I am a nine-year-old boy when it comes to fireworks, especially after having resided for so long in New York, where they are illegal. So you can imagine my zeal when I started seeing those massive, bright yellow, carnivalesque, quintessentially Southern seasonal fireworks stands erected sporadically along the highways. (Picture a college kid turning 21 and then wanting to hit every bar in town.)
I embarrassed myself last week when I accosted the kids unpacking the wares for one outside Walmart, smiling from ear to ear as they first began lining the shelves. “When are you going to open?!” They were polite and were pleased with my interest, but they definitely thought I was odd.
Turns out that the laws governing the sale of fireworks are pretty particular, even here in Virginia, where they’re not prohibited. The stand where I arrived early was waiting for approval from the local fire marshal, which I suppose makes sense.
The laws also affect which fireworks can be sold — there are none of the simple “bottlerockets” that I grew up with, for example. (In New York, we usually managed to lay hands on at least some simple ones, whether the law allowed them or not.) The woman at the stand where I stopped today explained that they can’t sell anything that can travel more than a certain number of feet in the air. This is why there are no airborne fireworks such as those you see at shows, but there is a cornucopia of small, freestanding “shower” -type standalone units that shoot colored sparks just a couple of feet high.
In a way it makes sense, and in a way it doesn’t. The allowed units can’t be fired at a target, for example, the way bottlerockets can. (Some of the more enterprising boys in my old neighborhood actually sawed off their hollow plastic Wiffle bats to make handheld launchers for them. It made “playing army” even more interesting.) But the ones I was able to buy to actually still could be considered fire hazards in that they … kinda produce fire. (The product’s only function is to launch colored bursts of sparks upward.)
There were no plain firecrackers, like “Black Cats,” “Lady Fingers,” or “TNT’s,” for reasons I can’t figure out. Predictably, there were also no “jumping jacks.” Those were the delightfully, frighteningly unpredictable little bastards that screeched and flared and zipped and ricocheted in every direction after they were lit. Hell, we figured out that those damn things were dangerous (and were a little in awe of them) when we were kids. And that says a lot.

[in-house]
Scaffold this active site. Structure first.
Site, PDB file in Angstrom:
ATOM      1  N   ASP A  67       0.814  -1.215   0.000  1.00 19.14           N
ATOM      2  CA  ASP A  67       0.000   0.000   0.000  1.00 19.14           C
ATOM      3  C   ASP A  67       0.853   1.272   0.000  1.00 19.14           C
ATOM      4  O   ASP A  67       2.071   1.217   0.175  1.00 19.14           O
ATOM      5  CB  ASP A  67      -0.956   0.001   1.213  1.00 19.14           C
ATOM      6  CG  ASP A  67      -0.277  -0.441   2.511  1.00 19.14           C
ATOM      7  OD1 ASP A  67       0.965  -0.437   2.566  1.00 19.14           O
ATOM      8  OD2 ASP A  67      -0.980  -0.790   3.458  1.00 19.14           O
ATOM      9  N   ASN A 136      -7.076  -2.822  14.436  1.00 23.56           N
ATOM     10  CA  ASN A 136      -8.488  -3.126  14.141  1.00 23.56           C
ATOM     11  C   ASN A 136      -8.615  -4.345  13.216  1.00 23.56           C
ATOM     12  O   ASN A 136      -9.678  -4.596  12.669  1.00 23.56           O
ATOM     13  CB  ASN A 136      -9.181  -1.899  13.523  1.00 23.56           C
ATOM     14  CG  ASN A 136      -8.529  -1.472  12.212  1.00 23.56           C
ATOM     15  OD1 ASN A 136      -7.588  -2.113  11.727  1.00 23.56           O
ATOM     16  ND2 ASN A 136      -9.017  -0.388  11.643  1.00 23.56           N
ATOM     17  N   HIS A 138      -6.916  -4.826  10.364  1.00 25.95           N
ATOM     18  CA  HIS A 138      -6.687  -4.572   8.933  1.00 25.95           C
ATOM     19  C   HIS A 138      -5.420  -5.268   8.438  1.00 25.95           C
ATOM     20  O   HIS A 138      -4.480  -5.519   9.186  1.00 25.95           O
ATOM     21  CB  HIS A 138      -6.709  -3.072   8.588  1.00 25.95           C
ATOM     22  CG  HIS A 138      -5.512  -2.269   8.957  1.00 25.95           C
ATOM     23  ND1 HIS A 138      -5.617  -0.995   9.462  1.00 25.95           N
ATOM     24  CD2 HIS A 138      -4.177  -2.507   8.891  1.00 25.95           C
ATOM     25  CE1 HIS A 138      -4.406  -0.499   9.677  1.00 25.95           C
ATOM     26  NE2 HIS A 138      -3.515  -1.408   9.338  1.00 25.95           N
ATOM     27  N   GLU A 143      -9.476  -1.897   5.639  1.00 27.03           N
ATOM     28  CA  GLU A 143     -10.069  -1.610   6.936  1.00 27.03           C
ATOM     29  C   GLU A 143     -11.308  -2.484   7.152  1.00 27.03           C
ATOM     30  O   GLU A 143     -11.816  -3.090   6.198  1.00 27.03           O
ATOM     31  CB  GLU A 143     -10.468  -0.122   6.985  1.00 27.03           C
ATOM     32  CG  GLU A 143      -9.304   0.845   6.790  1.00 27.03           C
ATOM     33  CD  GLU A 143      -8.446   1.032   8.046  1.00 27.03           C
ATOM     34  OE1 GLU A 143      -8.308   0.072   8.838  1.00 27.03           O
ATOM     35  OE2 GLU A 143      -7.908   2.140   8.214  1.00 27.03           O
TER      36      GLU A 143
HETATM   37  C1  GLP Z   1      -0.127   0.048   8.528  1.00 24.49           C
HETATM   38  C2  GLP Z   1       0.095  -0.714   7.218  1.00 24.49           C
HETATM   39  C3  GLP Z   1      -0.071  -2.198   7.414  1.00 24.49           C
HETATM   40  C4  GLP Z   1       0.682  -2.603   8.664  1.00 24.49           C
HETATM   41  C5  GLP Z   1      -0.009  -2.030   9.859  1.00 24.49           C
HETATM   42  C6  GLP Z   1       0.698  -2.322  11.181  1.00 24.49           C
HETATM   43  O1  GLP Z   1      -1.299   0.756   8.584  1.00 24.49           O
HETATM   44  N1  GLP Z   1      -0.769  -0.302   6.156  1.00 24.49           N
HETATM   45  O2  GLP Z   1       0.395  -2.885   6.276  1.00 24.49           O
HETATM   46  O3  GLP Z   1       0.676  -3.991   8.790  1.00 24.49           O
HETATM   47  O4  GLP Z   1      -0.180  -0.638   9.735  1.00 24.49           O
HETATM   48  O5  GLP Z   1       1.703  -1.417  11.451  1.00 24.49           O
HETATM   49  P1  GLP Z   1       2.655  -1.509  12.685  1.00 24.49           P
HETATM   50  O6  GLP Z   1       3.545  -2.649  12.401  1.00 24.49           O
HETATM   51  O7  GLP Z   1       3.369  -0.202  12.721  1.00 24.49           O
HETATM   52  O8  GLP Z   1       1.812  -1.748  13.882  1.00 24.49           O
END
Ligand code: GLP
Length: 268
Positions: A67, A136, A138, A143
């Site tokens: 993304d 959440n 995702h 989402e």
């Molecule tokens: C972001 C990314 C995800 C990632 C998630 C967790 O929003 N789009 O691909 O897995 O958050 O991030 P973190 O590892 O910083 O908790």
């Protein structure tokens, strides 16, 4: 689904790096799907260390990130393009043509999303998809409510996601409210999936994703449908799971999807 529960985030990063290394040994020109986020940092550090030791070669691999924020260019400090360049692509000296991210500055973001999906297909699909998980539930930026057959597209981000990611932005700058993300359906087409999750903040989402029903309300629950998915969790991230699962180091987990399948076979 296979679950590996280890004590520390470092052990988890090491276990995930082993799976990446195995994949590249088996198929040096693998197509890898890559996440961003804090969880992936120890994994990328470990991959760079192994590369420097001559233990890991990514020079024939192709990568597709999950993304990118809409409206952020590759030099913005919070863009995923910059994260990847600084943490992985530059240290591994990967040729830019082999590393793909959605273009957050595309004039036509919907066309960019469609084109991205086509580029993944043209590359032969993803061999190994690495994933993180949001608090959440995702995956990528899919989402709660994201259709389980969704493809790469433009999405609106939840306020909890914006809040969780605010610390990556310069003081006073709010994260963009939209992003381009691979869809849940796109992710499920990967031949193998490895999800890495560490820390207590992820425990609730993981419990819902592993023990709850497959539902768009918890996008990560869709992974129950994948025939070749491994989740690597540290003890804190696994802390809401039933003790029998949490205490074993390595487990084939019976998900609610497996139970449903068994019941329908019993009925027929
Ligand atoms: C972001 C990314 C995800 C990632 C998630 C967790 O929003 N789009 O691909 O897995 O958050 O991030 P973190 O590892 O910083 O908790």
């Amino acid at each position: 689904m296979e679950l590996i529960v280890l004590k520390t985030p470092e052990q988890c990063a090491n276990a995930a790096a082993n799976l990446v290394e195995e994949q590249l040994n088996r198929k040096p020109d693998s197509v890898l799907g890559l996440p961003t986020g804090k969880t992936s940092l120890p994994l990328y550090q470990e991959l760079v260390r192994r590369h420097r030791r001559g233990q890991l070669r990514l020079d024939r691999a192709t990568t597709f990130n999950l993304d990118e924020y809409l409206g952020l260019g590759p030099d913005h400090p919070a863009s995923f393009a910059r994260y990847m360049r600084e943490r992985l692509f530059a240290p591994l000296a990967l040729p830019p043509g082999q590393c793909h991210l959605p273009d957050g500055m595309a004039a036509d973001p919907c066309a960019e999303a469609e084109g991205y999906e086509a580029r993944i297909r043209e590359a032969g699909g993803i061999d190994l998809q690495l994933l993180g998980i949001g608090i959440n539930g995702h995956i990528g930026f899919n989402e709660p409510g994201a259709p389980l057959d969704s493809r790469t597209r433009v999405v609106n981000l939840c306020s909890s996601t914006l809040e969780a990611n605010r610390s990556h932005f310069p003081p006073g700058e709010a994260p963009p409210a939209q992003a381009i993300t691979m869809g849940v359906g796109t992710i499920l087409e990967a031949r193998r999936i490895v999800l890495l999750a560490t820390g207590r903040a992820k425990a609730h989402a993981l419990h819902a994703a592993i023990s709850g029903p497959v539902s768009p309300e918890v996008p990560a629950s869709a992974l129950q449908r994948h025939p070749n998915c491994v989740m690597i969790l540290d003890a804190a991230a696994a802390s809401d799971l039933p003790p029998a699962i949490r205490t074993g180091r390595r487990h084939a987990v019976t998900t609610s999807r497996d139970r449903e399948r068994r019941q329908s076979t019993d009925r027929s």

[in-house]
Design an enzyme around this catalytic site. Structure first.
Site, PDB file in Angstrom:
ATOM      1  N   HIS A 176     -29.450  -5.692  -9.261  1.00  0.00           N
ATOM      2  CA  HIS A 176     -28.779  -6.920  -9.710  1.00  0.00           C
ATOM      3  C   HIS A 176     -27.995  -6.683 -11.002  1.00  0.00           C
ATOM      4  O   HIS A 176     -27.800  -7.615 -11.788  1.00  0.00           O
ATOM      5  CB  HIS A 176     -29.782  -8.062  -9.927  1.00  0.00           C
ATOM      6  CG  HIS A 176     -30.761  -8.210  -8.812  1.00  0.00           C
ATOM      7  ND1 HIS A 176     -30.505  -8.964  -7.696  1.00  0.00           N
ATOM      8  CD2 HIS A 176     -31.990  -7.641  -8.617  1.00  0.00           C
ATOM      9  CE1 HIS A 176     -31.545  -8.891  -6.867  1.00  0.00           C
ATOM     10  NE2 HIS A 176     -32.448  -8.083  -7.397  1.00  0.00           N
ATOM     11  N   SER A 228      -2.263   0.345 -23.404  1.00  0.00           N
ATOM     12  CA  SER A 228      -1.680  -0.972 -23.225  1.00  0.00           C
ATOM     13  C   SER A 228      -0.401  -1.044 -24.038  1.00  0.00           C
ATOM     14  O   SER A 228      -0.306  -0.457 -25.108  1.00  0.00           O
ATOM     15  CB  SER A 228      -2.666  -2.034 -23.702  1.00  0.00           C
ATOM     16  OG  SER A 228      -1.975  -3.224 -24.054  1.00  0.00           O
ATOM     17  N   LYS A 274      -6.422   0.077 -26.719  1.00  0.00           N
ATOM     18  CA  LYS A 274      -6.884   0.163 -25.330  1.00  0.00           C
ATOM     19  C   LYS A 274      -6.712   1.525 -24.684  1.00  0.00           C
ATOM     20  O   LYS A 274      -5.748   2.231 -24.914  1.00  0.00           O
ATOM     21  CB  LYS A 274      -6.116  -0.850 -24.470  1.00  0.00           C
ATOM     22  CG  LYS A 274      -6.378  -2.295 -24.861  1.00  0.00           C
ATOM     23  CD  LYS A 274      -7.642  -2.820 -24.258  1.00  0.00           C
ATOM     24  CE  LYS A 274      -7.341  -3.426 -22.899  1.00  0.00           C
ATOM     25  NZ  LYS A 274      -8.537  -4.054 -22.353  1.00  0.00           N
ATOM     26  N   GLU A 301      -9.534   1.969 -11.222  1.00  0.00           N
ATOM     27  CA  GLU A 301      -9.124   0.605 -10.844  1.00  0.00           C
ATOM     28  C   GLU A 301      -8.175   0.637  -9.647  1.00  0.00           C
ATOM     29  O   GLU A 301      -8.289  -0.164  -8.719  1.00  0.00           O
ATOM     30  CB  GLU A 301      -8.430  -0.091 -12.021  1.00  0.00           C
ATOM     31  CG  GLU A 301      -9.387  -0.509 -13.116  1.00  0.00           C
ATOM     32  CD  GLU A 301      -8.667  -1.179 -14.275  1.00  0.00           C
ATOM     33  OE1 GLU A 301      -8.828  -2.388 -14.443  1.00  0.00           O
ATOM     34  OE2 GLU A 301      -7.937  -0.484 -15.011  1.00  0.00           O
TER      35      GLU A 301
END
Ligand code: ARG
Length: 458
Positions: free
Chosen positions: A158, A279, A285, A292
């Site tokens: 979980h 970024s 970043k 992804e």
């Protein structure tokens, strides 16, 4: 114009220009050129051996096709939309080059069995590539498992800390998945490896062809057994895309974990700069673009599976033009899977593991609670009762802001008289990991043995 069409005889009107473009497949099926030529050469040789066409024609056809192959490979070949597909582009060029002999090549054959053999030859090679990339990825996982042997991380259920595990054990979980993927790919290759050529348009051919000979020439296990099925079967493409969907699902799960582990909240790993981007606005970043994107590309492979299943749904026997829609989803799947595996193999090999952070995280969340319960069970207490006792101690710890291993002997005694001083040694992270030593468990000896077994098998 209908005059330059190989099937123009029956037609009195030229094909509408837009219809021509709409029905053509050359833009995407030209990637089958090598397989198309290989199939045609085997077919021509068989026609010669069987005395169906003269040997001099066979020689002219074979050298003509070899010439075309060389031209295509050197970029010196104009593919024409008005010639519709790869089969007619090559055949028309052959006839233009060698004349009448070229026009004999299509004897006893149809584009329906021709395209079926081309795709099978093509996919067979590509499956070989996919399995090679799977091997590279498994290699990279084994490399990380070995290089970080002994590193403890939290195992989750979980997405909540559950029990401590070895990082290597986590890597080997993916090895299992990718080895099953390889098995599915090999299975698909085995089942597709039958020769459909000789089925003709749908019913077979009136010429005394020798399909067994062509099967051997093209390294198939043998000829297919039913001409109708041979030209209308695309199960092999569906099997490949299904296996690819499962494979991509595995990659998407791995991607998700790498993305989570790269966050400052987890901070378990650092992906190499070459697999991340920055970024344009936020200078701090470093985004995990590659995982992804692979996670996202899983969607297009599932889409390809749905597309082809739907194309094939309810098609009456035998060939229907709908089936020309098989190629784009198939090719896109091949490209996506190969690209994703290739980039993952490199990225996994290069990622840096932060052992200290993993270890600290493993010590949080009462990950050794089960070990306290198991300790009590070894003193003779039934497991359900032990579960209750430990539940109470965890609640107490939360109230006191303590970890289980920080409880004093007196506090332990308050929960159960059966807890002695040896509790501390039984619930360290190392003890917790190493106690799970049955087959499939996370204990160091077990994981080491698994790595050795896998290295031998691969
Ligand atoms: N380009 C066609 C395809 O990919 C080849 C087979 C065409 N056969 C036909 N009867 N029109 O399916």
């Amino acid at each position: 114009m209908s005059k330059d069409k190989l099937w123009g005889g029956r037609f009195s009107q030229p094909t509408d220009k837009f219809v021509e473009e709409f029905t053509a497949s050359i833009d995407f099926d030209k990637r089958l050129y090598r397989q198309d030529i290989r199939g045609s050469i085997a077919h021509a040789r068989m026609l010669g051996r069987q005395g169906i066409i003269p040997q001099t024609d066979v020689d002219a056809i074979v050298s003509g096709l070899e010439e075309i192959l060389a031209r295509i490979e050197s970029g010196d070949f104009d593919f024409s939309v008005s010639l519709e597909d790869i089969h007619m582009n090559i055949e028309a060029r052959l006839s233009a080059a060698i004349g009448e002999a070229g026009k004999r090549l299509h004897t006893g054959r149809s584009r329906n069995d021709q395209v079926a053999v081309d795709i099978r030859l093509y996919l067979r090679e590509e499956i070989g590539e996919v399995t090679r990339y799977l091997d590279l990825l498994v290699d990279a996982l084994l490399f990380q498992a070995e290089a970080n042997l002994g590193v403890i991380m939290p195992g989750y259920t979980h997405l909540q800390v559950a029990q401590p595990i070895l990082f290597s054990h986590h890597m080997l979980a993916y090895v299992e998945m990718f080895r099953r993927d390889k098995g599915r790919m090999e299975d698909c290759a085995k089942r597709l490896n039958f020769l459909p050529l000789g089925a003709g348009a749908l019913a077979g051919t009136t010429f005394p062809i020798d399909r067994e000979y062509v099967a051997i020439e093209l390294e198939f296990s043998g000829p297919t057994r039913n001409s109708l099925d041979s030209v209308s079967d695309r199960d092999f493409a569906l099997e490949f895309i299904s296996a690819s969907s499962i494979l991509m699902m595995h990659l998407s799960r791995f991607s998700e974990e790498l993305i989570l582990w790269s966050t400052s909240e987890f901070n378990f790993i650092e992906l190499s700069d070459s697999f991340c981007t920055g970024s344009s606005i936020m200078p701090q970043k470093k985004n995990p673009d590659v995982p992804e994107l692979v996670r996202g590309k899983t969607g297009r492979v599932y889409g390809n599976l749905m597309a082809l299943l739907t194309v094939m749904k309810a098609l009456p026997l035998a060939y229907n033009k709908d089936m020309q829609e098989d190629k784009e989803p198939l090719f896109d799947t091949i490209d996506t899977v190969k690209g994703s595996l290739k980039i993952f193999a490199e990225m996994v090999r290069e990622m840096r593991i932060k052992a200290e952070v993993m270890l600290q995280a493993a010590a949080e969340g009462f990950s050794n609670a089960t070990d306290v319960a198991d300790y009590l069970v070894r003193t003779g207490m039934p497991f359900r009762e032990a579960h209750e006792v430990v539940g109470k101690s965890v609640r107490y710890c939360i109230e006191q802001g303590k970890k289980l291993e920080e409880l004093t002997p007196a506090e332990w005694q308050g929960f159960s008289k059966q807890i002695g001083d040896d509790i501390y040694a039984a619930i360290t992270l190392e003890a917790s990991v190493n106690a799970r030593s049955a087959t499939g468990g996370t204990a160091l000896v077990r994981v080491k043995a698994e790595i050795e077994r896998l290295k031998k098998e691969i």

I remember one year, a pal of mine lit off a jumping jack in the wide open, ostensibly safe space in front of his house’s front steps. The wicked thing had an incendiary little mind of its own, though, and promptly shot beyond his yard, all the way across the street, and into the bushes of his neighbors’ house there. One of those bushes ignited at once, burning as fearsomely as the one that confronted Moses. It was scary. As an pre-teen, I remember being unnerved at discovering how quickly something very dry could burst into flames.
Anyway, the good natured Virginian lady who sold me my wares today remembered my face from my purchase yesterday and greeted me sweetly when I returned. (Everyone is so amazingly friendly here.) I inwardly opined that she was herself a fire hazard; she was hot enough to light off every fuse in that place. (I kept that joke to myself, though.)
Below is the day’s haul. I wanted to buy more, and maybe just stock up. I hit upon a brilliant idea … why not make it a tradition to shoot off fireworks EVERY holiday?! But I didn’t. These things are sold plentifully, but that doesn’t make them exactly dirt cheap.
Those two bags you see are hopefully destined for that annual campout at Iron Gate, later this summer, with the Mary Wash alums. (Will I finally make it this year?) The others, I hope, I might use to entertain some local munchkins I know. (Those “Lightning Flashes” are utterly harmless and safe for kids; they’re really just a variation of the “Snaps” we used to buy at the corner drugstore.)
I’m just going to pretend that they’re all still against the law. It’s more fun that way.